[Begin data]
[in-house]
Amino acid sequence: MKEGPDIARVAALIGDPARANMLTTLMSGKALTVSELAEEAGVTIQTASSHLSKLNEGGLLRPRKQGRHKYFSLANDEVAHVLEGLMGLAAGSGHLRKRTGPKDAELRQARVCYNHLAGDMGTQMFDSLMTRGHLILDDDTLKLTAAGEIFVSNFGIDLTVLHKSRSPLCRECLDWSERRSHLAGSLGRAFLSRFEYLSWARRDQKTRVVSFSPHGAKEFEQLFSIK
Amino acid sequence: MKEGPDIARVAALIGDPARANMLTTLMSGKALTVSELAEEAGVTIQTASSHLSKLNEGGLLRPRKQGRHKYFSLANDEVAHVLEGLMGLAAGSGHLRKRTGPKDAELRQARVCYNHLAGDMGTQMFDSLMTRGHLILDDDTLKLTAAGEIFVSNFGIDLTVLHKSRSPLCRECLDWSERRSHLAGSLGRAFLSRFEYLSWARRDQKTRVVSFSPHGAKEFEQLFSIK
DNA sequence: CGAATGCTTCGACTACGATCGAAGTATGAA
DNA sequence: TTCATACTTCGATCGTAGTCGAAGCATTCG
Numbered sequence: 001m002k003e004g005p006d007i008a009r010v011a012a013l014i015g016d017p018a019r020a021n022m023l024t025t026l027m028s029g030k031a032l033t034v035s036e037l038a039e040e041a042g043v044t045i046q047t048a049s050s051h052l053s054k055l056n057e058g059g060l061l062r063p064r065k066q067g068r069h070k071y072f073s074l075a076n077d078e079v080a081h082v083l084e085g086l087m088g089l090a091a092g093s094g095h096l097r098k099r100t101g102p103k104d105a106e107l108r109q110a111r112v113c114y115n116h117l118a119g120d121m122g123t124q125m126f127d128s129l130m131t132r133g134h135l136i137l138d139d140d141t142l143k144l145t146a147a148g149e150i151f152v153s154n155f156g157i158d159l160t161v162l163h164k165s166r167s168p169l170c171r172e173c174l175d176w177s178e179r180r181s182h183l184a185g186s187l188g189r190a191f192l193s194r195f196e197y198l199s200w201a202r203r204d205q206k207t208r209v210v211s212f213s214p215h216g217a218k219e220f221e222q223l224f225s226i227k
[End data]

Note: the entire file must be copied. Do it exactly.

[in-house]
Amino acid sequence: MKEGPDIARVAALIGDPARANMLTTLMSGKALTVSELAEEAGVTIQTASSHLSKLNEGGLLRPRKQGRHKYFSLANDEVAHVLEGLMGLAAGSGHLRKRTGPKDAELRQARVCYNHLAGDMGTQMFDSLMTRGHLILDDDTLKLTAAGEIFVSNFGIDLTVLHKSRSPLCRECLDWSERRSHLAGSLGRAFLSRFEYLSWARRDQKTRVVSFSPHGAKEFEQLFSIK
Amino acid sequence: MKEGPDIARVAALIGDPARANMLTTLMSGKALTVSELAEEAGVTIQTASSHLSKLNEGGLLRPRKQGRHKYFSLANDEVAHVLEGLMGLAAGSGHLRKRTGPKDAELRQARVCYNHLAGDMGTQMFDSLMTRGHLILDDDTLKLTAAGEIFVSNFGIDLTVLHKSRSPLCRECLDWSERRSHLAGSLGRAFLSRFEYLSWARRDQKTRVVSFSPHGAKEFEQLFSIK
DNA sequence: CGAATGCTTCGACTACGATCGAAGTATGAA
DNA sequence: TTCATACTTCGATCGTAGTCGAAGCATTCG
Numbered sequence: 001m002k003e004g005p006d007i008a009r010v011a012a013l014i015g016d017p018a019r020a021n022m023l024t025t026l027m028s029g030k031a032l033t034v035s036e037l038a039e040e041a042g043v044t045i046q047t048a049s050s051h052l053s054k055l056n057e058g059g060l061l062r063p064r065k066q067g068r069h070k071y072f073s074l075a076n077d078e079v080a081h082v083l084e085g086l087m088g089l090a091a092g093s094g095h096l097r098k099r100t101g102p103k104d105a106e107l108r109q110a111r112v113c114y115n116h117l118a119g120d121m122g123t124q125m126f127d128s129l130m131t132r133g134h135l136i137l138d139d140d141t142l143k144l145t146a147a148g149e150i151f152v153s154n155f156g157i158d159l160t161v162l163h164k165s166r167s168p169l170c171r172e173c174l175d176w177s178e179r180r181s182h183l184a185g186s187l188g189r190a191f192l193s194r195f196e197y198l199s200w201a202r203r204d205q206k207t208r209v210v211s212f213s214p215h216g217a218k219e220f221e222q223l224f225s226i227k